Book Review #4: Ginnie Dare: Crimson Sands by Scott Roche

Title: Ginnie Dare: Crimson Sands
Author: Scott Roche
Publisher: Flying Island Press
Available: ebook (Amazon, Smashwords, others) paperback (Barnes and Noble, Amazon)

I’ve known Scott Roche for quite a while now. I’ve reviewed his first novel, Archangel, as a podcast novel here on the blog. When he completed this story a while back, he asked me if I’d be interested in reviewing it. At the time I wasn’t reviewing print books. That was then.

On to the review.

Synopsis: Ginnie Dare is the communications officer for her family’s space faring shipping company. They arrive at Eshu for a routine supply drop and discover that the entire settlement’s population has vanished. Their search of the site reveals nothing out of place, except the people, but ends in a tense confrontation with the natives. During the conflict, Ginnie discovers an alien artifact that may be the key to diffusing the conflict. Can she decode the artifact before it’s taken by the Sector Defense Force? Will it help them to discover the missing colony’s fate? Or, will the whole thing spark an interstellar war? (The preceding synopsis was stolen from the Amazon.)

Setting: Most of the story takes place on an alien planet. One of the things I like about science fiction is the setting can be as normal or extra-normal as the author likes. Mr. Roche brings us a setting that is enough different from our own to allow him to set the rules, while at the same time similar enough to give us easy points of reference. He keeps it consistent throughout and allows us to experience this environment with the characters.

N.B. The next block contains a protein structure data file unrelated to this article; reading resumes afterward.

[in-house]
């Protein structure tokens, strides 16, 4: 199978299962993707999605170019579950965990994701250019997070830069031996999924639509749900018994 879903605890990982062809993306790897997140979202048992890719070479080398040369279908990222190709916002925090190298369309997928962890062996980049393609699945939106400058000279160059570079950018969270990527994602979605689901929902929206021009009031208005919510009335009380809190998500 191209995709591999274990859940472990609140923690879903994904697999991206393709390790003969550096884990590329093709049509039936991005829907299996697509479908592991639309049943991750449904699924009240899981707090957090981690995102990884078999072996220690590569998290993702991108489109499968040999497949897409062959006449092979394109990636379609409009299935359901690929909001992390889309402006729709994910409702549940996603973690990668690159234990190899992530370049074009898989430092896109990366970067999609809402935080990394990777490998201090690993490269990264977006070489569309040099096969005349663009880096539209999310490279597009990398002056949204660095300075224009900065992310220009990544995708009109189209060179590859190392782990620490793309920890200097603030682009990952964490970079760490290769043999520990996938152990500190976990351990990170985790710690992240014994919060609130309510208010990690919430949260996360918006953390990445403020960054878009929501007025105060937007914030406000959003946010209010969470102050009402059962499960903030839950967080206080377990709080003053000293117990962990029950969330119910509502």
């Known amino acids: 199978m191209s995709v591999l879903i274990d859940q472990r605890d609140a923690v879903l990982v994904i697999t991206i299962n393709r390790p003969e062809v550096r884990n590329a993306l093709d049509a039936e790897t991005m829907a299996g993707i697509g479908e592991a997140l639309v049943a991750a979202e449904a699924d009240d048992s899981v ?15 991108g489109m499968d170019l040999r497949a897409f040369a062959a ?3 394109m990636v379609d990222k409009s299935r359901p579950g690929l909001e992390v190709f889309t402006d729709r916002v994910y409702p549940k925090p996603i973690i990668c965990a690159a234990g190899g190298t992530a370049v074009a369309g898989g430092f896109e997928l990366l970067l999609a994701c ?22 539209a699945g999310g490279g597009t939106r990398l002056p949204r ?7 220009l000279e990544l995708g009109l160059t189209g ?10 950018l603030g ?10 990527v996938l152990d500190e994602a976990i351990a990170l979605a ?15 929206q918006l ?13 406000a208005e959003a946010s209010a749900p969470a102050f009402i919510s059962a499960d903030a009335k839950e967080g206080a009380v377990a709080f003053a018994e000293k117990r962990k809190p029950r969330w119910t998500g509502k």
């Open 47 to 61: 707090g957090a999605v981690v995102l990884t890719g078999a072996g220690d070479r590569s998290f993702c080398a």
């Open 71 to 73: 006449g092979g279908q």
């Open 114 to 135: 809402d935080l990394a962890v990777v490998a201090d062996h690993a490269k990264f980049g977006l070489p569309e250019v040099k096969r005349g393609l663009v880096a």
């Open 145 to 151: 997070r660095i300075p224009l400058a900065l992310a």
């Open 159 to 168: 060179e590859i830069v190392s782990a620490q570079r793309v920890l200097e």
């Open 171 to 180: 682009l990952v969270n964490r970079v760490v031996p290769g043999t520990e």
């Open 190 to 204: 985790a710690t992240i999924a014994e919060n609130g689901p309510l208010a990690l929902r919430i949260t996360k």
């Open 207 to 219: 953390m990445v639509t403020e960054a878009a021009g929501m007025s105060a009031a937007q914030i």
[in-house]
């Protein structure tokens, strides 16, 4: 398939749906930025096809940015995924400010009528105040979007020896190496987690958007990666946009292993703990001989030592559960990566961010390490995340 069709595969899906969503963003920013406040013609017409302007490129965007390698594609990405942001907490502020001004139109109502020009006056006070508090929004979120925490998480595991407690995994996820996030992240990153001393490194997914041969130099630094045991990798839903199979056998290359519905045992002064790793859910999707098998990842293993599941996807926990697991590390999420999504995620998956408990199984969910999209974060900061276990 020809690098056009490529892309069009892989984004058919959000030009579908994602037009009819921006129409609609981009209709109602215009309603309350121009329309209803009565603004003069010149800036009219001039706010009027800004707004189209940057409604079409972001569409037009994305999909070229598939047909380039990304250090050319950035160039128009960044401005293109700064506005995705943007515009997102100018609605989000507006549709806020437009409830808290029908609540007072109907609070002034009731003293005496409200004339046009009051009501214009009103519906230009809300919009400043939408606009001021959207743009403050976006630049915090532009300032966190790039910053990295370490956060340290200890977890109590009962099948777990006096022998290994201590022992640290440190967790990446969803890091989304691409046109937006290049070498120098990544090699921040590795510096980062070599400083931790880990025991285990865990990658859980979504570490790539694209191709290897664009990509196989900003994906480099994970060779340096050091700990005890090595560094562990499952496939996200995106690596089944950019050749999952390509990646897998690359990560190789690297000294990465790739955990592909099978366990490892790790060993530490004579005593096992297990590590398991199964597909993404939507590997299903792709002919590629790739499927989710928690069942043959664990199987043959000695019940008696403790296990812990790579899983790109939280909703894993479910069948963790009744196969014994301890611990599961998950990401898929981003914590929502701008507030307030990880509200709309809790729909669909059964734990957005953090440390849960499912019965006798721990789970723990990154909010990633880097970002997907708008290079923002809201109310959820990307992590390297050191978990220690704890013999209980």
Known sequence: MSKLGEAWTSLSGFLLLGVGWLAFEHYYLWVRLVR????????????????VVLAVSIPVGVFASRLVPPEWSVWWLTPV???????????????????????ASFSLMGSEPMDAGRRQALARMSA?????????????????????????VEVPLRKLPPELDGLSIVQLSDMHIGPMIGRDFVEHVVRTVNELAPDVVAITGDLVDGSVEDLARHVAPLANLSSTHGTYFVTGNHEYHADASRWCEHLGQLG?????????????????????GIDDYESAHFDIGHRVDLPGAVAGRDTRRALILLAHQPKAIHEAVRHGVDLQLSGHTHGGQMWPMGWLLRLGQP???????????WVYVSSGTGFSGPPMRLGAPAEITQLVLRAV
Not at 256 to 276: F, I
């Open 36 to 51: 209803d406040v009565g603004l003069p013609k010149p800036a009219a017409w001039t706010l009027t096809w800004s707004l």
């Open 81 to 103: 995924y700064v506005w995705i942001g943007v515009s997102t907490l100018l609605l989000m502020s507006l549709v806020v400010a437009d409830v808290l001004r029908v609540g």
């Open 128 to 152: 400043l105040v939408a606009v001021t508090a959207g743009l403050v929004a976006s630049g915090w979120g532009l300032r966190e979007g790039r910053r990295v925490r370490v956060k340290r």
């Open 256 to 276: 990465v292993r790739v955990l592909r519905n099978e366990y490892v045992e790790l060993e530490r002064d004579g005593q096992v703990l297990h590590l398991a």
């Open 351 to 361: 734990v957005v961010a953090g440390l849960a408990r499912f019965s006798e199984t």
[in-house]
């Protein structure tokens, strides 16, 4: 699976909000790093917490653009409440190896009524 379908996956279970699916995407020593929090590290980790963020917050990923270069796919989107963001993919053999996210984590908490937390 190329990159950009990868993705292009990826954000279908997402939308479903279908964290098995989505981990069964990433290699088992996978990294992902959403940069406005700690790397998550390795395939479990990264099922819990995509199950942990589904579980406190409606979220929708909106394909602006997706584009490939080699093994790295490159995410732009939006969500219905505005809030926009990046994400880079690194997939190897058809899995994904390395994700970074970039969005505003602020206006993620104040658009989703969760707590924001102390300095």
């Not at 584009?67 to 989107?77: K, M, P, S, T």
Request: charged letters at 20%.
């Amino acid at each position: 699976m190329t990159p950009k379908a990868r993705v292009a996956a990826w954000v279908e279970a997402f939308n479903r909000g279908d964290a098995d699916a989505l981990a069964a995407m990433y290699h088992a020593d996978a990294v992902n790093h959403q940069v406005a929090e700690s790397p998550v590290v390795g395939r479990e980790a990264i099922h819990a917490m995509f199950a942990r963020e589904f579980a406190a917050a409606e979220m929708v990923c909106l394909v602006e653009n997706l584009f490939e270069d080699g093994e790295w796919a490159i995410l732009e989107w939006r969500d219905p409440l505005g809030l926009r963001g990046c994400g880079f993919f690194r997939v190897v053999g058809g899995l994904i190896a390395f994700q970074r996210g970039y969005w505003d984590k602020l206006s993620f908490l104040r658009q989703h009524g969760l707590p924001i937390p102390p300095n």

Grade: B

Plot: As the above synopsis describes, the plot of the story revolves around a puzzle/quest with a time sensitive pressure keeping everything moving along at a good clip. Worth noting is the change of antagonist three quarters of the way through the story that was clever enough to catch the casual reader unaware.

Grade: A-

Characters: I really enjoyed Mr. Roche’s characters. And no, not just the one that bears my namesake. Each of the main characters, especially Ginnie, lived and breathed as much as any character I’ve ever read. Ginnie definitely came across as the character she was written as: an astute and inventive prodigy that is still very much a 14 year old girl.

Grade: A

Odin’s Recommendation: I love a good young adult novel, and make no mistake Ginnie Dare: Crimson Sands is good. It was better than I had hoped for. Having read several of Mr. Roche’s short stories and having listened to Archangel, I can assure you that Ginnie Dare shows remarkable growth and a maturing style. The editing is fluid and reads easily, though not perfect. The punctuation between paragraphs of dialogue being conducted by the same (uninterrupted) character isn’t quite normal, but it’s of little consequence. How much did I enjoy this book?  I’ll be buying a paperback copy to share with my son.

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